One in three American adults has high blood pressure and that’s worrying. High blood pressure is a common disease in which blood flows through blood vessels at higher than normal pressures. Blood pressure normally rises with body size and age. When your blood flows through blood vessels at higher than normal pressures, you are at the risk for health problems, such as heart disease, heart attacks, kidney disease, stroke and cognitive issues. Are you scared enough? The scariest thing at high blood pressure it’s that sometimes isn’t accompanied by any symptoms. A research from the Centers for Disease Control says that only about half of those diagnosed with hypertension have it under control.
You are lucky if you know that there are natural ways to lower your blood pressure. “Part of the problem is that people aren’t being screened for high blood pressure—and those who are often don’t realize that they can control high blood pressure—or even where to start,” says Cordialis Msora-Kasago, R.D.N., a spokesperson for the Academy of Nutrition and Dietetics. Here are some natural ways that actually can lower your blood pressure.
1. Tame your high blood pressure by being active
Work out to strength your heart! If you want to lower your heart rate, exercise regular and you can succeed. Also, exercise boosts your body, which means that your heart doesn’t have to work so hard to get oxygen. Experts recommend being active for at least 30 minutes each day on most days of the week, but you can do more, if you have enough time.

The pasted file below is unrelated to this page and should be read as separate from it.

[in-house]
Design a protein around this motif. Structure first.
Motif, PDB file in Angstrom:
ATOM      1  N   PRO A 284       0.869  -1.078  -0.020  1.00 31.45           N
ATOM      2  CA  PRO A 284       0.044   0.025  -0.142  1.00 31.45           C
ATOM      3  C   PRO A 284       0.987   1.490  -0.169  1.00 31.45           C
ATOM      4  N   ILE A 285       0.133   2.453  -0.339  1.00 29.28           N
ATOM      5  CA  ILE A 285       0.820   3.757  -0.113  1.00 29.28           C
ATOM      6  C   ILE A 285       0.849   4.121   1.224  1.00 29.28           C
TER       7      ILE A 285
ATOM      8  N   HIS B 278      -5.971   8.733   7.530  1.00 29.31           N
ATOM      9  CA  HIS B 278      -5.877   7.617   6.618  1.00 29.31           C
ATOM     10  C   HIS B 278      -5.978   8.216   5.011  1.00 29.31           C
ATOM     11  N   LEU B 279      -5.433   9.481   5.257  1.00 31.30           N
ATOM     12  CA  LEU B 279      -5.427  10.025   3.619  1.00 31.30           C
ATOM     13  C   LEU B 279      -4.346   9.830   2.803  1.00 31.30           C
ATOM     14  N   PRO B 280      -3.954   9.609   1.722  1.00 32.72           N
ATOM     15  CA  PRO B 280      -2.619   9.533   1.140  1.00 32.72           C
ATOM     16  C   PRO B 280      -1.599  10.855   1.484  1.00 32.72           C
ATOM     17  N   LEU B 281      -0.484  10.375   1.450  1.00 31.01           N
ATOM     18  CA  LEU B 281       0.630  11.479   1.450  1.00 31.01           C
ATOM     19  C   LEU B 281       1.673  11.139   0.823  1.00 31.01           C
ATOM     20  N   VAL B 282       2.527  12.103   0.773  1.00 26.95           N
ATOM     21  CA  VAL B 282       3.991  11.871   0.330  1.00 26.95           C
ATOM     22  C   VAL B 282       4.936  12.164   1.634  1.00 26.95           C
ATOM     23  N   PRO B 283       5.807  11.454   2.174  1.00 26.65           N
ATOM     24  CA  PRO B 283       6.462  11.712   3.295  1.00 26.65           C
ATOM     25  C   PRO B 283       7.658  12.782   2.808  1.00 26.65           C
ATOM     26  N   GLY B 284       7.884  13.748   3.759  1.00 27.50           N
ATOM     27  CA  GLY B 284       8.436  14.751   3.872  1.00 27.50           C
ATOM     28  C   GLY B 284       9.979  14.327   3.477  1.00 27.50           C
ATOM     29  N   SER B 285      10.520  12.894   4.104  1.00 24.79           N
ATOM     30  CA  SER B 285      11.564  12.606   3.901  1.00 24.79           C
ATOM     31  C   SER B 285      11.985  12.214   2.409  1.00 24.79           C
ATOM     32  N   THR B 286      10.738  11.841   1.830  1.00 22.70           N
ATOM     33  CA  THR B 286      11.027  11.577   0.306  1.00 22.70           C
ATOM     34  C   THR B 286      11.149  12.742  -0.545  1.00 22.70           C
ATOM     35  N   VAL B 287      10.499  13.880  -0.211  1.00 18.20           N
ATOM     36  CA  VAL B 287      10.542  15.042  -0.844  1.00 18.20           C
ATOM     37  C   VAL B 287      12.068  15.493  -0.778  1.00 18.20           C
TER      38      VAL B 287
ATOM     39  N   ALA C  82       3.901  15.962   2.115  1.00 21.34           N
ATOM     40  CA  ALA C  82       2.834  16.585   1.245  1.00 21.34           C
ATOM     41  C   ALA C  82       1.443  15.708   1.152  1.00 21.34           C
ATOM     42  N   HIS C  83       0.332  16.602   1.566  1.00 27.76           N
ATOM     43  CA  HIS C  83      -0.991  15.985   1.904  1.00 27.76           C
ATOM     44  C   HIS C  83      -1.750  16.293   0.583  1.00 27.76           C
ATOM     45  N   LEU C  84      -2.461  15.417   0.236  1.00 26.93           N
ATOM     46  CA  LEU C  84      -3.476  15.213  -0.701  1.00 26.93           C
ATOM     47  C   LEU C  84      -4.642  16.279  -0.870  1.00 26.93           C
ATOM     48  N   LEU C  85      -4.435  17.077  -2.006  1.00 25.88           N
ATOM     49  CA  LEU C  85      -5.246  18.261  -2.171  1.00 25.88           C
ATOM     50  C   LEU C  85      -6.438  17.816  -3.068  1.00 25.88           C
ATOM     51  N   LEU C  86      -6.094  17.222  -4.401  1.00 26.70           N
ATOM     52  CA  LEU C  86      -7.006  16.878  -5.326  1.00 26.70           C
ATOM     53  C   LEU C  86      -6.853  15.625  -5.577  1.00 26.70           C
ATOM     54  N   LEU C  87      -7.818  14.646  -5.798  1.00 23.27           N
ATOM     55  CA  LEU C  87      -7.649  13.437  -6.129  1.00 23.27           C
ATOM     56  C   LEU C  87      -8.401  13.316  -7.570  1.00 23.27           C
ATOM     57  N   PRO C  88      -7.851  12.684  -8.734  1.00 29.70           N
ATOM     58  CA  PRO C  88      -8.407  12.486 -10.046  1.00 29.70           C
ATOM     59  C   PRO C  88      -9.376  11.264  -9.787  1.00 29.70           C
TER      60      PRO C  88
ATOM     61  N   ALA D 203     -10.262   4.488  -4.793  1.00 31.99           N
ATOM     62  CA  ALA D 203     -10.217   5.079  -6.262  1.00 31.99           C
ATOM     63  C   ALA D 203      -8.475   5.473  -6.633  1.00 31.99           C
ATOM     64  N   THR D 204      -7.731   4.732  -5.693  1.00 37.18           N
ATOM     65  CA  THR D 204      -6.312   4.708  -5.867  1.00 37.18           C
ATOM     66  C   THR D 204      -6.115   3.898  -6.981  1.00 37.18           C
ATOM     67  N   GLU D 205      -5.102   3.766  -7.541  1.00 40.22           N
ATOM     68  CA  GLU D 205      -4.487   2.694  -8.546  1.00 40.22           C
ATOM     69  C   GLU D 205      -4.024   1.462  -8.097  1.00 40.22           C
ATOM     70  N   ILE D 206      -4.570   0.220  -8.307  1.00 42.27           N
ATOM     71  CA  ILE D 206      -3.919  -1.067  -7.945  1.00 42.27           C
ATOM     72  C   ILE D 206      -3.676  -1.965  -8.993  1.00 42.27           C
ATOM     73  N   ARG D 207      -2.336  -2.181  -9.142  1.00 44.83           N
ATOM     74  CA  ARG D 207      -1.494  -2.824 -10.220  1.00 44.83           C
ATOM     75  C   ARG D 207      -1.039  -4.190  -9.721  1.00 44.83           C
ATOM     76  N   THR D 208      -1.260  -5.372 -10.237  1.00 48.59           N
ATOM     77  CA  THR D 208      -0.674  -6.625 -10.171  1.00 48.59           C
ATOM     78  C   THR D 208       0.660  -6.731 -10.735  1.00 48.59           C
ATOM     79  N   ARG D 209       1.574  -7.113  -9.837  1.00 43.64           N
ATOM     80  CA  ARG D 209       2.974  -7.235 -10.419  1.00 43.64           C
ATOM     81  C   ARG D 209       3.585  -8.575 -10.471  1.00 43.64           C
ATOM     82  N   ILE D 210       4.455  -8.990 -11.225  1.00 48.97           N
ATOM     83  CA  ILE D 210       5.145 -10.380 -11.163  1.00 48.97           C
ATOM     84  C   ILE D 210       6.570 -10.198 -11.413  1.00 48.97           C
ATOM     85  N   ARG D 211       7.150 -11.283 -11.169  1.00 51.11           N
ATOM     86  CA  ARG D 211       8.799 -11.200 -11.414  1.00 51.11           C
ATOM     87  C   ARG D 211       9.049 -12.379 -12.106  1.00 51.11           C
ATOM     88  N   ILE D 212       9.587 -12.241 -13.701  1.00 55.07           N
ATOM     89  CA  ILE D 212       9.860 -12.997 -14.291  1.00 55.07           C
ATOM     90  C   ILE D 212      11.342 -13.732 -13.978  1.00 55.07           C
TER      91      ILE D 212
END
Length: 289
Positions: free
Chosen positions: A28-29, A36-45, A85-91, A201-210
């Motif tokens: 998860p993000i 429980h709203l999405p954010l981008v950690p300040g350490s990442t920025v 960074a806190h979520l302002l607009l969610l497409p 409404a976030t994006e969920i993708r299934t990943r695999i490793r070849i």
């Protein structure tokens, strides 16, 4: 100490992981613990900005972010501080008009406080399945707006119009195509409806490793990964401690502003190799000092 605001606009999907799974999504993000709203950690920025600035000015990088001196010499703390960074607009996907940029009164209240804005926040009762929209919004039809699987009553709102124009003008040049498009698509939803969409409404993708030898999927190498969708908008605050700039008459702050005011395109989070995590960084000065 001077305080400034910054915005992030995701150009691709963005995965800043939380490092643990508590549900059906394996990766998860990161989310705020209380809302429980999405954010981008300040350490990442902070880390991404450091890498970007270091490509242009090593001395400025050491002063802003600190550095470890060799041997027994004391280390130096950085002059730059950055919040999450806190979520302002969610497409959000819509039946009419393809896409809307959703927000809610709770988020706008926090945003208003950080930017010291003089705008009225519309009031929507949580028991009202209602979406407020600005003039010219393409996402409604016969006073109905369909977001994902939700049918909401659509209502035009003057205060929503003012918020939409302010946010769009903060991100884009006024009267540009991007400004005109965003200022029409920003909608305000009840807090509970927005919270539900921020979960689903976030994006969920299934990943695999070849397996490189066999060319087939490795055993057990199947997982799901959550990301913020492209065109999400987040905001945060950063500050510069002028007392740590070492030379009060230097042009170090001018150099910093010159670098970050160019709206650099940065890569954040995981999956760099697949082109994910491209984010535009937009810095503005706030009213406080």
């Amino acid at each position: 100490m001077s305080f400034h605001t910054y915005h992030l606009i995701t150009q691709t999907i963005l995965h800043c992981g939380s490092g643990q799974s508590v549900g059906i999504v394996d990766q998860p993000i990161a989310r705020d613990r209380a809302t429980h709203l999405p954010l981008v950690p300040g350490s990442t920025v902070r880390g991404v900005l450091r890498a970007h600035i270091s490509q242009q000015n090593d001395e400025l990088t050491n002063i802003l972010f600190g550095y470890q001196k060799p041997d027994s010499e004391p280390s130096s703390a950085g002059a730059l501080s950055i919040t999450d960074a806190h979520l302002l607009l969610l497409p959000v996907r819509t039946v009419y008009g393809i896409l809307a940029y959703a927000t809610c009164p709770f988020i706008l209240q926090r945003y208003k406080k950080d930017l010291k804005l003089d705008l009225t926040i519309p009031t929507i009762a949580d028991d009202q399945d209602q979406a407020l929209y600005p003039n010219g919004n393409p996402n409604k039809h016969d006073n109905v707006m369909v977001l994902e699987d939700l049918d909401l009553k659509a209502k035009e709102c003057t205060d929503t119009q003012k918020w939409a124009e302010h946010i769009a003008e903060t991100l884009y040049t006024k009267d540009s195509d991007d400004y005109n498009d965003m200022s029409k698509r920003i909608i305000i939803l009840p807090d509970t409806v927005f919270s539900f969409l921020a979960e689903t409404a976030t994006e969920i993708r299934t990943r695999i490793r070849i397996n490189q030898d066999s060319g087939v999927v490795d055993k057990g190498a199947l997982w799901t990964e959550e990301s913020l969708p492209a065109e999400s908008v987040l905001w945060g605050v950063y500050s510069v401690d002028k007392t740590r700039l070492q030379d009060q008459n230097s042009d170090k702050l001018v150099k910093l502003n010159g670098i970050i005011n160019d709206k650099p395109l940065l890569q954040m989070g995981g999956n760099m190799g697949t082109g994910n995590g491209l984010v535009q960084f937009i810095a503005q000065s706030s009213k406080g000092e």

2. Pattern your diet after dash
After you exercise keep your body opened just for healthy meals. Some research shows that if you keep eating healthy after you exercise, you can restrain your blood pressure. The DASH diet it’s based on fruit, vegetables, whole grains, legumes, nuts and seeds, fish, poultry and low-fat dairy—and limits red meats, processed foods, sugary drinks and alcohol. Since the original DASH diet study was published in 1997, clinical trials have found the DASH diet to be most effective at lowering systolic and diastolic pressure (by an average of 7.6 mm Hg and 4.2 mm Hg respectively), according to a 2016 review in Hypertension.
3. Zen mood on
If you think you are a stressed person, this may contribute to hypertension. When you are in stressful situations, the release of your hormones is increasing your heart rate. A 2017 review shows that if you make breathing exercises and meditation, you can reduce blood pressure. Also, make sure you are getting enough sleep per night.